What does an isolated community do when young people do not have access to cars and cannot get their driver’s licence?
If you are the youth group from Woorabinda in central Queensland, you put a proposal to council, it buys a car, and then hires two locals to give driving lessons.
This is the doing of youth worker Nickeema Williams, who is all about supporting young people to come up with their own solutions.
She set up a core group, and what came out of one of their regular meetings was the need to be able to drive.
“For them to be able to be independent and to be able to get affordable food or to move away to get better jobs, and being in a remote, isolated setting, it’s really important,” Ms Williams said.
But this is not as easy as it sounds.
Not many households in Woorabinda have a car and there are fewer people who either have the time or the ability to give lessons.
“A lot of kids who managed to get their written tests were struggling with either finding funds to pay for it, or if they did pay for their licence, how are they supposed to build up their hours?” Ms Williams said.
On top of that, the nearest centres offering driving lessons between are up to 170 kilometres away.
The group held a meeting, it was minuted, and they approached the Woorabinda Aboriginal Shire Council.
From that, the director-general from Queensland’s Department of Transport and Main Roads came to the community and Ms Williams spoke on behalf of the group.
“The council decided that this was definitely something they needed, and they purchased an automatic car and they’ve allocated funding to put on two people to staff a driving program in the community,” Ms Williams said.
“That’s one step towards young people building their independence and that came out of just two or three meetings.
“The young people were really blown away with the fact they can make change.”
Small steps, big changes
Resources and funding are not always available, so Ms Williams’ focus was on strengthening young people’s voices, so they could gain confidence and advocate for themselves.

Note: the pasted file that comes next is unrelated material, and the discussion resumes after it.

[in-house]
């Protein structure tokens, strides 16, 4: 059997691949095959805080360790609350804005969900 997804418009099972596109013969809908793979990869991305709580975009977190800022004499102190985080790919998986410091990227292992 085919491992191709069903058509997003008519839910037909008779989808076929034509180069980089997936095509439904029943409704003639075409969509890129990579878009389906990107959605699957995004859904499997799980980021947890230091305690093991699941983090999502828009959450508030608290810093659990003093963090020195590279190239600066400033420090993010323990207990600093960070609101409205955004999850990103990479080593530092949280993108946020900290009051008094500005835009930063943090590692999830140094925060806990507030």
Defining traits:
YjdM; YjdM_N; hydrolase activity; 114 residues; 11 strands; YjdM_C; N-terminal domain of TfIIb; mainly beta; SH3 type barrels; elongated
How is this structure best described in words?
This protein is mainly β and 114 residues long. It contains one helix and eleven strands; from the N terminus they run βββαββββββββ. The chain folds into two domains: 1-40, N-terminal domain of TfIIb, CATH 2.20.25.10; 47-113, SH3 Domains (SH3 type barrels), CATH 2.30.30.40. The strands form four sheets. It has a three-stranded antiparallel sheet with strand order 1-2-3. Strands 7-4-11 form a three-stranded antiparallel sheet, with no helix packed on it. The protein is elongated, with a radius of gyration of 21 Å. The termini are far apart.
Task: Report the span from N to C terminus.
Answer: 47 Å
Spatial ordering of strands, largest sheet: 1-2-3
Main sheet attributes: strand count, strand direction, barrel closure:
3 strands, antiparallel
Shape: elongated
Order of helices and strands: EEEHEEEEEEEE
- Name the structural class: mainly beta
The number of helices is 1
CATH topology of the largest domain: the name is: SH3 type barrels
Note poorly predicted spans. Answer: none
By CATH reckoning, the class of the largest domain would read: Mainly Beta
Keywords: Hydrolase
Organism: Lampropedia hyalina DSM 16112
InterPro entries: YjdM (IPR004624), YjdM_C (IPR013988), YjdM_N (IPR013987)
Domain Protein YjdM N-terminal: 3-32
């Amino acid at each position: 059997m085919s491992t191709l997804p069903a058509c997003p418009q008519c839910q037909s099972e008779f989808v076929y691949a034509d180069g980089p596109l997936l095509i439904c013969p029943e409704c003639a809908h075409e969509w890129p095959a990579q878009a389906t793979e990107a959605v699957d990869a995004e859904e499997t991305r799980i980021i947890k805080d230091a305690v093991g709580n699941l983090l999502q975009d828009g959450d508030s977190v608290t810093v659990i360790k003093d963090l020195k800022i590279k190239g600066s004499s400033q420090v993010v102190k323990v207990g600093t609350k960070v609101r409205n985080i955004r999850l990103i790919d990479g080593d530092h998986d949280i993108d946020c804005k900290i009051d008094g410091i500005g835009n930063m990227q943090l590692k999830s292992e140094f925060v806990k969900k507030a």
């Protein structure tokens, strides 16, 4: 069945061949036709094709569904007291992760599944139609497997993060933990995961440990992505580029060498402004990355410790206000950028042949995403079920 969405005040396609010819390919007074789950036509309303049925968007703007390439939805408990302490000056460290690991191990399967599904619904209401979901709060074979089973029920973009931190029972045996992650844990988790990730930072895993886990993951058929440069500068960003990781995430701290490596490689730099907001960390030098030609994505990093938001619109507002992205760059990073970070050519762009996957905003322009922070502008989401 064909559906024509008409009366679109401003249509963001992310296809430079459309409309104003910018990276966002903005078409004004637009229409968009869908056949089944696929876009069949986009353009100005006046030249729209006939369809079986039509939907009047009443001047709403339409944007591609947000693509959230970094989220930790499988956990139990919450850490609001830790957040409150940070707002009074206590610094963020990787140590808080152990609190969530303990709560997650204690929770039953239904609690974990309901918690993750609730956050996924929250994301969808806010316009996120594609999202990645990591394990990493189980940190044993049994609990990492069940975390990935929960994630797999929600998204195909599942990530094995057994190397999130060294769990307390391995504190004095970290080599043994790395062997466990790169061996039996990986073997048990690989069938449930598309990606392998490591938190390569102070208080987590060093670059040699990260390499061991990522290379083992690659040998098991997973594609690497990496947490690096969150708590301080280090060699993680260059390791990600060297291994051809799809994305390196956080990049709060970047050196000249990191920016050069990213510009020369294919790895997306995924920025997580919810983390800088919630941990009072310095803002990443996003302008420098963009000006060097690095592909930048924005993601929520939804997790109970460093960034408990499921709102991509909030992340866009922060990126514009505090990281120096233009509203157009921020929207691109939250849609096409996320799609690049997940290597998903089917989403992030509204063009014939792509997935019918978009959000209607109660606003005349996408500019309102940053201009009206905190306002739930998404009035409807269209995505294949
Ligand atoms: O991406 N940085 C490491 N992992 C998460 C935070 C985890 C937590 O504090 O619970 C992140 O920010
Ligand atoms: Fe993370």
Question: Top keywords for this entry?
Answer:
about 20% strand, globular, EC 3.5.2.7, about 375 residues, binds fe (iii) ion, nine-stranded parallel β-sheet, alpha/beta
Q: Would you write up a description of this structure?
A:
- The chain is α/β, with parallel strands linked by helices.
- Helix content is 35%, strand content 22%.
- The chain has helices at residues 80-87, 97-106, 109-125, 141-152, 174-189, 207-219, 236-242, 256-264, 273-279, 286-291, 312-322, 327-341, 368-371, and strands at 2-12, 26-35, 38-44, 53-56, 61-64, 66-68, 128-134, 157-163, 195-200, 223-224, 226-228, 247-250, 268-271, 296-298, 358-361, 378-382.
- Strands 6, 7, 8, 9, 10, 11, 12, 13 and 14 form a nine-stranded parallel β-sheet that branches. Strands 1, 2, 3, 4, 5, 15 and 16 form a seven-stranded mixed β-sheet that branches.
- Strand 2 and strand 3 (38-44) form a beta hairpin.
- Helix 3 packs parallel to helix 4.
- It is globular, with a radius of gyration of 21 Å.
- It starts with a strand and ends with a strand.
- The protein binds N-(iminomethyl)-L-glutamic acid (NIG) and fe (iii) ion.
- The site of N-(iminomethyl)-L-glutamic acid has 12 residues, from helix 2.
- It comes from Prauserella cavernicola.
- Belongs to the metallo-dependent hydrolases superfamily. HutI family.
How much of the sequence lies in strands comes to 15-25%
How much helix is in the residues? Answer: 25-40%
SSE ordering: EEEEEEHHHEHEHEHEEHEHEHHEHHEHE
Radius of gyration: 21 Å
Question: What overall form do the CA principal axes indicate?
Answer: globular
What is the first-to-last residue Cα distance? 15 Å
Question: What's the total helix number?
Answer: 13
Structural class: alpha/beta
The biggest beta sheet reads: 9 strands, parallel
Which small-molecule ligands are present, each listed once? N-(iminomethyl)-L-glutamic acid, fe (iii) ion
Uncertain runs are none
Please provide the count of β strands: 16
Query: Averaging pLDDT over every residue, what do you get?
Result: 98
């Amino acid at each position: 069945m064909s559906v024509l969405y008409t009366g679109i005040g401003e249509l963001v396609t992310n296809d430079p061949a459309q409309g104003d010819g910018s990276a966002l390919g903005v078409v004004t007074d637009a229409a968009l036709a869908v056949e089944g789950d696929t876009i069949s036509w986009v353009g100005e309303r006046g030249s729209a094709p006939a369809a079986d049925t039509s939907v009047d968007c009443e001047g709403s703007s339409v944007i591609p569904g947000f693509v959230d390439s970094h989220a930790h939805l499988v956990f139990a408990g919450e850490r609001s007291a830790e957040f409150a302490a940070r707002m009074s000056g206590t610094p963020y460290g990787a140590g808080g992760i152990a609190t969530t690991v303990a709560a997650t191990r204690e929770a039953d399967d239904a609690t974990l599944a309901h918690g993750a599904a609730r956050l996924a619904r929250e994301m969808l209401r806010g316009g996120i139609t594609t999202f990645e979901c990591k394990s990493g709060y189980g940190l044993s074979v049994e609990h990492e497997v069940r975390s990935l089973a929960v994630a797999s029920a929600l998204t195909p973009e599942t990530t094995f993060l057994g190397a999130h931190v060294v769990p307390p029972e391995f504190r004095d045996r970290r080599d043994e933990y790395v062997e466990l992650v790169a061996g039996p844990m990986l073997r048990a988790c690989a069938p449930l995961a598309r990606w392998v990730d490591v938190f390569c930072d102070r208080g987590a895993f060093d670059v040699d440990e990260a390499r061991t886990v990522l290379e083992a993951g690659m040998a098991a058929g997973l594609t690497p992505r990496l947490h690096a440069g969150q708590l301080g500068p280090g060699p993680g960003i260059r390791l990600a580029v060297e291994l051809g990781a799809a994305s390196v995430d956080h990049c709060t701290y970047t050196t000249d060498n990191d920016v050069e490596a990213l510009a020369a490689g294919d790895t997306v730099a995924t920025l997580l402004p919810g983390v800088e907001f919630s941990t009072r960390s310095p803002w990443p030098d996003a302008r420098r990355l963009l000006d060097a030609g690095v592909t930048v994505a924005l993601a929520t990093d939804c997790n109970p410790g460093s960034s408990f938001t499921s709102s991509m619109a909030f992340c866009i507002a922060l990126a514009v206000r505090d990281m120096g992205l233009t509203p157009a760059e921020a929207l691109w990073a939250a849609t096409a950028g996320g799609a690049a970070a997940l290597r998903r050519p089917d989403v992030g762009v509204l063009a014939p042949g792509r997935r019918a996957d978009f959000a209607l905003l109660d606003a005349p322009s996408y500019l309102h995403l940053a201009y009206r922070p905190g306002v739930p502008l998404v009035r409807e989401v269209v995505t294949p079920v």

“There is no point having the same people come in and out, or even for myself to try and figure out what they want and how to solve their problems,” she said.
“It’s more sustainable and powerful if it comes from them. They know how their lives work and what the biggest changes would be.”
The youth group is learning basic skills, such as how to run a meeting and how the council works.
“It’s getting them inside different spaces when they’re younger so when they finish school they can see how their world works, how their community works and what things can be done.”
Ms Williams knows how challenging life can be for young people in her community.
“There are all the most obvious barriers that come with being a young Indigenous person living in a community, and that’s access to basic health, education, affordable food and jobs,” she said.
“Some come from overcrowded households, or they are not living with their parents, so it often means they are unable to focus on anything but their basic needs.
“If kids are worrying about where they’re sleeping or where they’re staying … then they are missing out on building up their personality, finding out what their interests are, being more engaged at school, just having a core group of strong friends or just having fun.”
Giving young people a voice through the youth group is just one step to address this.